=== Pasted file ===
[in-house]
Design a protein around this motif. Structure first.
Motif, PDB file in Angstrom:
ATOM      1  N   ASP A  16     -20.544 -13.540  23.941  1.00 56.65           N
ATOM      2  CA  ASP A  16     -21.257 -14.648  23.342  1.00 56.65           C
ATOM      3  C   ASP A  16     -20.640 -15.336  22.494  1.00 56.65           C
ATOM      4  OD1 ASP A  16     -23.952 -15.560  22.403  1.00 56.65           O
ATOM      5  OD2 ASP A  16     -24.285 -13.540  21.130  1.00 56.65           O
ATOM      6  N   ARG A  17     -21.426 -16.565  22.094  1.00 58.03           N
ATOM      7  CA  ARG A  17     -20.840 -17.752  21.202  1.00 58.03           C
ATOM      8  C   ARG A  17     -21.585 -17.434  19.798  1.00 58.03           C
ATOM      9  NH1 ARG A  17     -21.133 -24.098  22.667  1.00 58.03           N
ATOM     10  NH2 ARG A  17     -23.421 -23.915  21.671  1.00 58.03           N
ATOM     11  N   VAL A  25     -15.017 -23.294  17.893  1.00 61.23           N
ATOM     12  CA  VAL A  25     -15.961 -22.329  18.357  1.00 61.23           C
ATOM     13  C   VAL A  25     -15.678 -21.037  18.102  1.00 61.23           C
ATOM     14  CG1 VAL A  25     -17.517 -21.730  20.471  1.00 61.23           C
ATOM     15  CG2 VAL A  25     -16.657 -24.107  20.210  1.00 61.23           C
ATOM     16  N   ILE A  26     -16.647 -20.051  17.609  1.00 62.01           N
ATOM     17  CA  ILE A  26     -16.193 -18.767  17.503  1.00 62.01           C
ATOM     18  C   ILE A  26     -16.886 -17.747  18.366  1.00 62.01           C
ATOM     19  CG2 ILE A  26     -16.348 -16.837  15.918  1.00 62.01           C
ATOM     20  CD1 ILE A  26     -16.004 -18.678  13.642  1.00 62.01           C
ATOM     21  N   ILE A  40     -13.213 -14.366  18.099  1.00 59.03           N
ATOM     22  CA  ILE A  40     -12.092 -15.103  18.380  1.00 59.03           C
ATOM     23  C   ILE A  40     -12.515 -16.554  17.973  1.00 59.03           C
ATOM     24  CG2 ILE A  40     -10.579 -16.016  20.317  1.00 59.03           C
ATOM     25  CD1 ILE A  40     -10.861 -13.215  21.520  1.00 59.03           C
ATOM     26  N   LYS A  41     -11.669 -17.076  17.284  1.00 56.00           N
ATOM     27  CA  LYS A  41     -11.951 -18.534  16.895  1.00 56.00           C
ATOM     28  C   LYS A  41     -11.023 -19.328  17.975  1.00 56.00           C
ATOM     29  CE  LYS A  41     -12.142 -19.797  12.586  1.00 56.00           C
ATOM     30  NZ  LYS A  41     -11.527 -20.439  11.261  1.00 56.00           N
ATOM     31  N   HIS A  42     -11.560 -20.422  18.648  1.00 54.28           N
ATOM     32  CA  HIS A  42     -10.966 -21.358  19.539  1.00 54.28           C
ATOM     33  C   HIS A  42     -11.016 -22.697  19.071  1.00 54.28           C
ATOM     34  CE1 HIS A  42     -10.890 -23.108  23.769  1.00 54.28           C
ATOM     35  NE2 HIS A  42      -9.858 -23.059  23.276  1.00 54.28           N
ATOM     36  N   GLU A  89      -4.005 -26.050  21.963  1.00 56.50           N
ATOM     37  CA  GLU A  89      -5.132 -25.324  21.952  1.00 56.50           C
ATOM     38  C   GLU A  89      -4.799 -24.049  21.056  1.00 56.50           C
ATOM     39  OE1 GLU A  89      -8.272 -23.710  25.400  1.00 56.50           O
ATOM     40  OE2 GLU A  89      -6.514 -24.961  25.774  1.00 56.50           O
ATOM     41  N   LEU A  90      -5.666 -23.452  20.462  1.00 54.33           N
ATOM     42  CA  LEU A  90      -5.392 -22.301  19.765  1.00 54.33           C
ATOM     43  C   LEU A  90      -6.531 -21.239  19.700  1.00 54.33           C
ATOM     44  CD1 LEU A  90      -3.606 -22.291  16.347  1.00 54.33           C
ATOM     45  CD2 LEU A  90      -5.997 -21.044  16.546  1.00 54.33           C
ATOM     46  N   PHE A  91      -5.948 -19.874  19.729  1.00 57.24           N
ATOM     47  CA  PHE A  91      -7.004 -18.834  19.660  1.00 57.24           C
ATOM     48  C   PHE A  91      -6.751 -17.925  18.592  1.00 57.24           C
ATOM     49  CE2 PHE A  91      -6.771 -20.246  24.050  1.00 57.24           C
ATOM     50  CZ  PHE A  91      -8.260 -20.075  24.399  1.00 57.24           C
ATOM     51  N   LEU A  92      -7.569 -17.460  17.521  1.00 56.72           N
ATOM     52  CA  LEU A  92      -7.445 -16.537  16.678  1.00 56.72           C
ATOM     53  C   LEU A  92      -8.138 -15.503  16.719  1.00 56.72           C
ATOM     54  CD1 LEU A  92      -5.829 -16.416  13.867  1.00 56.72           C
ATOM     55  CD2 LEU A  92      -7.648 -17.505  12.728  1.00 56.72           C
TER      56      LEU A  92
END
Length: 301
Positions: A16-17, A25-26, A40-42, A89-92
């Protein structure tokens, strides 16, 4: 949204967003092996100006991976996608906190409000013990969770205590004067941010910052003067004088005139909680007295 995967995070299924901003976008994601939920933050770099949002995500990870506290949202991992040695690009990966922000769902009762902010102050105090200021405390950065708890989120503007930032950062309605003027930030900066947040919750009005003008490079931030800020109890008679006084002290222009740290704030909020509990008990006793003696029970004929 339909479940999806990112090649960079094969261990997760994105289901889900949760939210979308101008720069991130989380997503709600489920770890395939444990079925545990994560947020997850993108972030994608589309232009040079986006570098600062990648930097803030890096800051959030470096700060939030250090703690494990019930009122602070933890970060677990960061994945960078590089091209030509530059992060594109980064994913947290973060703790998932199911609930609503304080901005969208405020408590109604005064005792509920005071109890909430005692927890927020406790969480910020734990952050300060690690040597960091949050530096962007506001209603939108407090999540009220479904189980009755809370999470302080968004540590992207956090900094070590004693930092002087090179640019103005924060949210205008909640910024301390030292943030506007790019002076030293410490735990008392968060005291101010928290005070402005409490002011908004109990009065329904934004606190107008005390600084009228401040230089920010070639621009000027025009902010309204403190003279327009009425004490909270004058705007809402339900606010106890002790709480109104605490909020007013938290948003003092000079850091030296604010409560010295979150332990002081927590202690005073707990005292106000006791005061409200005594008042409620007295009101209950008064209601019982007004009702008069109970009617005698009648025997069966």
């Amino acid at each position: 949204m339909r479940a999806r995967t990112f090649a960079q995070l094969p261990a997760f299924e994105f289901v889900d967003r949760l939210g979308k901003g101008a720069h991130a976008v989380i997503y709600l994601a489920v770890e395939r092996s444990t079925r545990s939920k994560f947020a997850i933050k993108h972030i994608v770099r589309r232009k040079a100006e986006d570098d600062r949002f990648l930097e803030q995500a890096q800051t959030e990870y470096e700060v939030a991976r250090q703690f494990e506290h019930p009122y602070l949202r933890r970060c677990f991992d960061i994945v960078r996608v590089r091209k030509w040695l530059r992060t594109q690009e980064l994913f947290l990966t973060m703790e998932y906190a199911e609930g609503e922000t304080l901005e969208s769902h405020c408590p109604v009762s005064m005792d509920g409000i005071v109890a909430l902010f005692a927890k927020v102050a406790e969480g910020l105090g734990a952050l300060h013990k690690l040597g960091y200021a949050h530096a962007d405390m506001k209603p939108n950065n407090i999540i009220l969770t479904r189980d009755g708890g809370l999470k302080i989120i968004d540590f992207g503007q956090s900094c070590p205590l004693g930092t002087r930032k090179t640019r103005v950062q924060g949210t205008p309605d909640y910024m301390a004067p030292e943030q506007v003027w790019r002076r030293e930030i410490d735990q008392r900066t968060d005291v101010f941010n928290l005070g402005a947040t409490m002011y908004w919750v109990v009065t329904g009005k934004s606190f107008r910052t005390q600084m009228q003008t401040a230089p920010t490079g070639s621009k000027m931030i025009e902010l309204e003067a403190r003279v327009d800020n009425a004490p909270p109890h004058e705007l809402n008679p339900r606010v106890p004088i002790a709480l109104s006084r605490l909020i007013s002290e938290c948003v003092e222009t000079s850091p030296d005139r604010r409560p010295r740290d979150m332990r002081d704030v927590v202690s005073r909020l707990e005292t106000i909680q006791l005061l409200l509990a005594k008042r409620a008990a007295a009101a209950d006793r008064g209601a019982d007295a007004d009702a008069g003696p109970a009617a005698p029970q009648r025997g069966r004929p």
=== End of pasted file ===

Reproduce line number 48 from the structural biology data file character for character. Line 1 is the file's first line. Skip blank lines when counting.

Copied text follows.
ATOM     45  CD2 LEU A  90      -5.997 -21.044  16.546  1.00 54.33           C